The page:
Interview with Prof. Paul G. Unschuld

Can you explain what modalities you use to diagnose dementia / AD at your center?

Our diagnostic approach is consistent with internationally established procedures for diagnosis of cognitive disorder and dementia. We apply a multidisciplinary approach, where medical doctors of different specialties, including psychiatry, neurology and geriatric medicine, together with specialized neuropsychologists are involved. Information provided by the family of the patient, and/or care-takers, plays a central role for understanding an individual’s cognitive disorder. This includes information on the development of the disorder, accompanying medical disorders, and nervous system impairment. By means of standardized neuropsychological testing, extent of the cognitive disorder can be investigated. Moreover, information on affected cognitive domains. E. g. for Alzheimer’s dementia, episodic memory impairment would be expected at an early stage of the disease. This clinical information is supplemented by various biomarkers. Biomarkers may provide information on loss of brain tissue, metabolic dysfunction, or evidence of neuropathological change such as amyloid-beta or tau accumulation. For this purpose, we use imaging techniques such as MRI and PET, as well as CNS and blood tests.


Can you describe what “blood biomarkers” are and how they are used to diagnose dementia?

“Blood biomarkers” are based on analytical methods of blood-plasma or serum, for obtaining information regarding neuropathological processes in the central nervous system. This is a field that is currently developing rapidly. Diagnostic precision of blood biomarkers for diagnosis of dementia, and validity for longitudinal follow-up testing, are subject of ongoing trials. At present, there are markers that inform on amyloid-beta, tau and various other proteins implicated in cognitive disorder and dementia. Can you describe how “cerebrospinal fluids” (CSF) works?


Can you describe how “cerebrospinal fluids” (CSF) works?

The cerebrospinal fluid (CSF) surrounds the central nervous system, and can be examined to gather evidence of pathological brain changes. CSF can be obtained for clinical examination by lumbar puncture. Before the development of “blood biomarkers” and modern PET tracers, CSF examination was the only way to obtain information about neuropathological changes in the central nervous system. At the present time, CSF examination has a well established place in the diagnostic workup of dementia.


When do you suggest to use blood biomarkers, CSF or brain PET for dementia / AD diagnosis?

We try to perform brain PET in as many patients as possible, often complemented by CSF analysis. Should there are contraindications against either one, e. g. for reasons of medical comorbidities, diagnostic information may be provided by blood tests.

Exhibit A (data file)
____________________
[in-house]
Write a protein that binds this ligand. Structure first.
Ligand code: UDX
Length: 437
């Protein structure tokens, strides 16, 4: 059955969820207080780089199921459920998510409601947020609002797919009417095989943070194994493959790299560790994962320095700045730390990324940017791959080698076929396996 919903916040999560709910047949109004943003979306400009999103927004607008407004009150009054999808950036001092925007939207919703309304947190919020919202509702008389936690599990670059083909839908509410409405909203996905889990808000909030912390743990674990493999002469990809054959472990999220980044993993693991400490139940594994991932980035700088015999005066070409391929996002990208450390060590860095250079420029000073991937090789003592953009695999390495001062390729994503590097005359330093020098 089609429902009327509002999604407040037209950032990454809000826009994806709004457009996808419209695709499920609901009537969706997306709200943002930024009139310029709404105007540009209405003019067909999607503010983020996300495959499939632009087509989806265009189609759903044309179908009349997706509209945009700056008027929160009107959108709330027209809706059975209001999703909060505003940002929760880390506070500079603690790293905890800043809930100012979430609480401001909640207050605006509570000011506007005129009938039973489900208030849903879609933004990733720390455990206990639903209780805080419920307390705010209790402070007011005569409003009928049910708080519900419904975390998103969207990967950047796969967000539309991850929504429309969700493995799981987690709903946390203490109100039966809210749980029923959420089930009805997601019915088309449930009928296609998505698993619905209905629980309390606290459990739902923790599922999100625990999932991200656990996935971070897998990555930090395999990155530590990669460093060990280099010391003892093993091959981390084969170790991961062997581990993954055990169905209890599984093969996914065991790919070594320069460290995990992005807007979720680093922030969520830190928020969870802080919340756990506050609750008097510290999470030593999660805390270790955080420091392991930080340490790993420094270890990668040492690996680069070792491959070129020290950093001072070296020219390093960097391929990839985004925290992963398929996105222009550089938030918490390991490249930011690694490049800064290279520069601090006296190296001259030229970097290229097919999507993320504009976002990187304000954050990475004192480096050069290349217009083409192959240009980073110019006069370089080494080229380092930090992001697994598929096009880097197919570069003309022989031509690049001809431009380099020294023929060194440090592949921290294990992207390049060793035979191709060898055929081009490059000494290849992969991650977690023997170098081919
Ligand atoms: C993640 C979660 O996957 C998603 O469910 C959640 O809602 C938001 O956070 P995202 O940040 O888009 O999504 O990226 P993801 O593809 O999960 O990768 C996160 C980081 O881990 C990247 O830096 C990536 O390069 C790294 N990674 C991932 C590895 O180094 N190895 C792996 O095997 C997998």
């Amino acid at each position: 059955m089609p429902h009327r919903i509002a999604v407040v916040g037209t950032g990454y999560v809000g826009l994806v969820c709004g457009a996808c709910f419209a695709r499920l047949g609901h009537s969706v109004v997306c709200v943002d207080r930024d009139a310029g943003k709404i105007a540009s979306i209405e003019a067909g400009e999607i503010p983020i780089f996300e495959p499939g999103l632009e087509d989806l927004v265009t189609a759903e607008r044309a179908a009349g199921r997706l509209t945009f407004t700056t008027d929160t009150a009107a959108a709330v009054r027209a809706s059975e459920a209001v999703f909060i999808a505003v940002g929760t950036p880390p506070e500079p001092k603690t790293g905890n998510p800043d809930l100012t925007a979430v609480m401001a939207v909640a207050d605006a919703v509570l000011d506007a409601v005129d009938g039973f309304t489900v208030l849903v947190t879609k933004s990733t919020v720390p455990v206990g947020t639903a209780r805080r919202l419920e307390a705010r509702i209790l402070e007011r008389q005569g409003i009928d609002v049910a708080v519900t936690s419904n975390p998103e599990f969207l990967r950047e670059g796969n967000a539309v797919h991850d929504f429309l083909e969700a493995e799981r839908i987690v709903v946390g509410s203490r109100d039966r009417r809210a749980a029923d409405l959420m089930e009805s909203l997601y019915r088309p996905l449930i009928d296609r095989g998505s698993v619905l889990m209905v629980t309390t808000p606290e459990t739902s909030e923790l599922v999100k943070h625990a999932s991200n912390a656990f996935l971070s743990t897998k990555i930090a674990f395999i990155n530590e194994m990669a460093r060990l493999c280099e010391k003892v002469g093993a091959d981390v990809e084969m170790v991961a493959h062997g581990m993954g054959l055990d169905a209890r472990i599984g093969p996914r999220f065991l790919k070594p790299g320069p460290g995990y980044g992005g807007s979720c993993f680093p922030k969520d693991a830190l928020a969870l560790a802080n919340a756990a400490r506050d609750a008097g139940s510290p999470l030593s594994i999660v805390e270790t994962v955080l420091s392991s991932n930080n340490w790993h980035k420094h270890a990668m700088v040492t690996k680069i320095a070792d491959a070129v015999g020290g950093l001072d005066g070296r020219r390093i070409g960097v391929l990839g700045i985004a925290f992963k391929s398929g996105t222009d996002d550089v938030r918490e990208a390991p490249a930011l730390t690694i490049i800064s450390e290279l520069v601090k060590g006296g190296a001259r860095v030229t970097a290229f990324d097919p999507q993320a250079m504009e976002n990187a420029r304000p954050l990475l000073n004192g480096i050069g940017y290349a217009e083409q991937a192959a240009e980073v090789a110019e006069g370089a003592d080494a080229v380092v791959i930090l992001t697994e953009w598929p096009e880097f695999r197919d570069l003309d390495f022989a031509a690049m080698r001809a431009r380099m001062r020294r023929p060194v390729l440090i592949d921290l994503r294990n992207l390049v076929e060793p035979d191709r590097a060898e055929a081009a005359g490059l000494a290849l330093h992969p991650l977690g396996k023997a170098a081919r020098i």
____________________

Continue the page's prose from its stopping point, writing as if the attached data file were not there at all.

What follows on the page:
Can blood Biomarkers and CSF provide information which PET can’t and vice versa?

There are certain blood-biomarkers which can provide information on pathological proteins, for which to my information at this point no PET tracers are available for clinical use. These include TDP-43 and also Neurofilament light (NfL). A valuable information of PET is the spatial distribution of pathological change: E.g. to know the extent to which vulnerable areas such as temporal cortex are affected by tauopathy. This might be particularly helpful for understanding brain change in early stages of Alzheimer’s disease.

Do you suggest to use one or the other or should all three methods be used complementary?

All three methods certainly have their particular advantages. The choice of either one should be left to the treating physician, allowing for the information needed, and established international guidelines for diagnosis of dementia


What is the advantage of brain PET compared to other diagnostic modalities in dementia / AD diagnostic?

PET may provide information on local distribution of metabolic dysfunction, and build-up of pathological proteins such as tau and amyloid beta.


How do you foresee dementia / AD diagnostic developing in the future?

High sensitivity assays, allowing for specific assessment of an individual’s brain pathology at an early time point of the disease.


What are the biggest challenges in regards to dementia / AD treatments?

Finding the right time-point for the right therapeutic intervention, precisely tailored to an affected individual‘s brain pathology.


Do you think there will be AD treatment available in the near future?


About Prof. Paul G. Unschuld

After receiving his medical degree from the University of Munich in 2002, Paul G. Unschuld continued his training in Neurology and Psychiatry at the Ludwig Maximilian University of Munich and at the Max Planck Institute for Psychiatry, Germany. During a post-doctoral fellowship from 2010 to 2012 at Johns Hopkins University in Baltimore, US, he studied the application of advanced and high field strength MR-imaging in psychiatric and neurodegenerative diseases. In 2012, Paul G. Unschuld started a position as attending physician in the Psychiatric University Hospital of Zurich. He founded an interdisciplinary research group on brain aging and cognitive health, which has received funding from Swiss National Research Foundation, Synapsis Foundation Alzheimer Research Switzerland, and others. Paul G. Unschuld is a specialist in age-related brain pathologies. His particular interest is on the relationship between brain function, neurodegeneration and psychiatric diseases, as well as the factors necessary for the preservation of cognitive and mental health in old age. He has been appointed Chief Physician of the Geriatric Psychiatry Service of the HUG, and Professor of Geriatric Psychiatry at University of Geneva in 2020.